isis unveiled: chapter chapter VII (thou great first cause)

“Like Cardon and Pompanatius, “who were no friends to the soul’s immortality”, as says Henry More, “Aristotle expressly concludes that the rational soul is both a distinct being from the soul of the world, though of the same essence”, and that “it does preexist before it comes into the body.”

Years have rolled away since the Count Joseph De Maistre wrote a sentence which, if appropriate to the Voltairean epoch in which he lived, applies with still more justice to our period of utter skepticism.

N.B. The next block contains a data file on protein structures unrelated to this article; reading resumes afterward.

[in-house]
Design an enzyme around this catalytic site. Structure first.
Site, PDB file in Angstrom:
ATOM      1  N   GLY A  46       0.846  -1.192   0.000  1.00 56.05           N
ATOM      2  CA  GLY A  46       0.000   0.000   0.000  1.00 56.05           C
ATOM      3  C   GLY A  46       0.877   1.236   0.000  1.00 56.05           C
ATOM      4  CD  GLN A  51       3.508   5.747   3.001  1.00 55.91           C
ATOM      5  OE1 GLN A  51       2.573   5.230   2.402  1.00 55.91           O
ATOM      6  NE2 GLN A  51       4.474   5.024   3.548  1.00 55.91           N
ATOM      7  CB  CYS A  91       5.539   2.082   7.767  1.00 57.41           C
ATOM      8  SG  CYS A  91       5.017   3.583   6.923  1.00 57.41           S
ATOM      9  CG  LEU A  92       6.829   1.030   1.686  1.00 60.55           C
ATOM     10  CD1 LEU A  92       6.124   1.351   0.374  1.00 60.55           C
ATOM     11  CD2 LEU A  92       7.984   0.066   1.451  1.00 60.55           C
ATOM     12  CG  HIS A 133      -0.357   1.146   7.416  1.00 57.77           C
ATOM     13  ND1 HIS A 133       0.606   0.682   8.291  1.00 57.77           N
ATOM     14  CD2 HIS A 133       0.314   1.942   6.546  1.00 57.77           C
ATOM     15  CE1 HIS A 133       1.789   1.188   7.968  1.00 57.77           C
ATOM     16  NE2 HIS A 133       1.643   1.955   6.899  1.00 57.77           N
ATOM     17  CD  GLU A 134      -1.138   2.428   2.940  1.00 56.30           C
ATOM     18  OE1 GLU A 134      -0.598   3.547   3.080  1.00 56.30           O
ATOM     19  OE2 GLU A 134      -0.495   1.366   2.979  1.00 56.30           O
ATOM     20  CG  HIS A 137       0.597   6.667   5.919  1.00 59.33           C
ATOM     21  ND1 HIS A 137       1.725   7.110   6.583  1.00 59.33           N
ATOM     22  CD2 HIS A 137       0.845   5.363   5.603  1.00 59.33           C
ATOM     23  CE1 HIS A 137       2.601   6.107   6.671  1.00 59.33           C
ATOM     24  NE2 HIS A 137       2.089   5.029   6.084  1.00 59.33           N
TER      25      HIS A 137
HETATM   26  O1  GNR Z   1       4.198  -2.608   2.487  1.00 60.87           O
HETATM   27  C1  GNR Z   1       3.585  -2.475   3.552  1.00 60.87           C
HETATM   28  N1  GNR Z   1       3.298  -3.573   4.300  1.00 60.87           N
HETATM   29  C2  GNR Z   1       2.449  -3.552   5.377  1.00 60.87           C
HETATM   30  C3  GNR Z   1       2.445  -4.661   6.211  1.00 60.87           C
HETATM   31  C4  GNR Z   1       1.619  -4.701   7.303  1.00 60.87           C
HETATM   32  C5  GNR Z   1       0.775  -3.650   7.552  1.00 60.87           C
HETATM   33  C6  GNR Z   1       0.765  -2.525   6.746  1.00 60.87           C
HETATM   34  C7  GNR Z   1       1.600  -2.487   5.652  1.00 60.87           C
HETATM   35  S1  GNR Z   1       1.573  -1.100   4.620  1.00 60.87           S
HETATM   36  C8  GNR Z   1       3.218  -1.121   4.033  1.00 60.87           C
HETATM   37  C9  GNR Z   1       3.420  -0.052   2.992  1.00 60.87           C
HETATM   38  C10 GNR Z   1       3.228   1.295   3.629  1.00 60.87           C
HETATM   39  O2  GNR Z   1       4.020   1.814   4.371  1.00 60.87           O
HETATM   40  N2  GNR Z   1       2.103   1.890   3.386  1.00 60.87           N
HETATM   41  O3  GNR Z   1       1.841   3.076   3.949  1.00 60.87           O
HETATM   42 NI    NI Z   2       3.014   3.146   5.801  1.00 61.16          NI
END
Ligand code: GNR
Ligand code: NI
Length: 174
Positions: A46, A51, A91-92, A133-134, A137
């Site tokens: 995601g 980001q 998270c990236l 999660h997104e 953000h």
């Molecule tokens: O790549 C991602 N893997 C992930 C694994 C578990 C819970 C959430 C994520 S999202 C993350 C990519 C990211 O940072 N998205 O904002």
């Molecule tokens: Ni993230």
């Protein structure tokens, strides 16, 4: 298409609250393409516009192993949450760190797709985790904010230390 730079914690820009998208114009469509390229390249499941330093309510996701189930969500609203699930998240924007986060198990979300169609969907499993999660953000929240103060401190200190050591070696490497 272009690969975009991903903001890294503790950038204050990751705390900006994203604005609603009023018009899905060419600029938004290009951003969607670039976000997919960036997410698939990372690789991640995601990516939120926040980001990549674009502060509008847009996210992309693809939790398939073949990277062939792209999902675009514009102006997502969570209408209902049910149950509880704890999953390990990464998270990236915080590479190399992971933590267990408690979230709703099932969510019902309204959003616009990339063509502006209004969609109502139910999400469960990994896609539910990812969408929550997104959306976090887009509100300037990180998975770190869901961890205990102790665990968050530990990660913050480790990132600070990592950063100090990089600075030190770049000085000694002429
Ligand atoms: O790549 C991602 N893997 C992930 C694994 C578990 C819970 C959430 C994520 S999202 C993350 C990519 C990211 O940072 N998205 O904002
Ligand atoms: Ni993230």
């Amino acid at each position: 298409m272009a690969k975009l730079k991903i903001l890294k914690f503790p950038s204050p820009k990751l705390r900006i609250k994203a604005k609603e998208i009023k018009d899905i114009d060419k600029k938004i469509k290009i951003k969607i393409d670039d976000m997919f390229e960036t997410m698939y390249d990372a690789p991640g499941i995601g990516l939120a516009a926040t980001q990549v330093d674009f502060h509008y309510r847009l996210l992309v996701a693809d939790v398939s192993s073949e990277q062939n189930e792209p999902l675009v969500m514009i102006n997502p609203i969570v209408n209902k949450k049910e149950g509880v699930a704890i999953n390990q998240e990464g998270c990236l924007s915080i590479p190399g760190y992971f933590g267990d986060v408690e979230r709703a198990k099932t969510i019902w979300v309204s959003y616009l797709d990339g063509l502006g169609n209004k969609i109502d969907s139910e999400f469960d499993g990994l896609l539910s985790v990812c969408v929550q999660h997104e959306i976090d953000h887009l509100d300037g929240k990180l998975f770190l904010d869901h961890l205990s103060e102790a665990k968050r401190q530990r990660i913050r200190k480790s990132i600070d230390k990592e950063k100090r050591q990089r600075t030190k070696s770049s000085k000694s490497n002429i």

“I have heard”, writes this eminent man, “I have heard and read myriads of good jokes on the ignorance of the ancients, who were always seeing spirits everywhere; methinks that we are a great deal more imbecile than our forefathers, in never perceiving any such now, anywhere.””

H. P. Blavatsky

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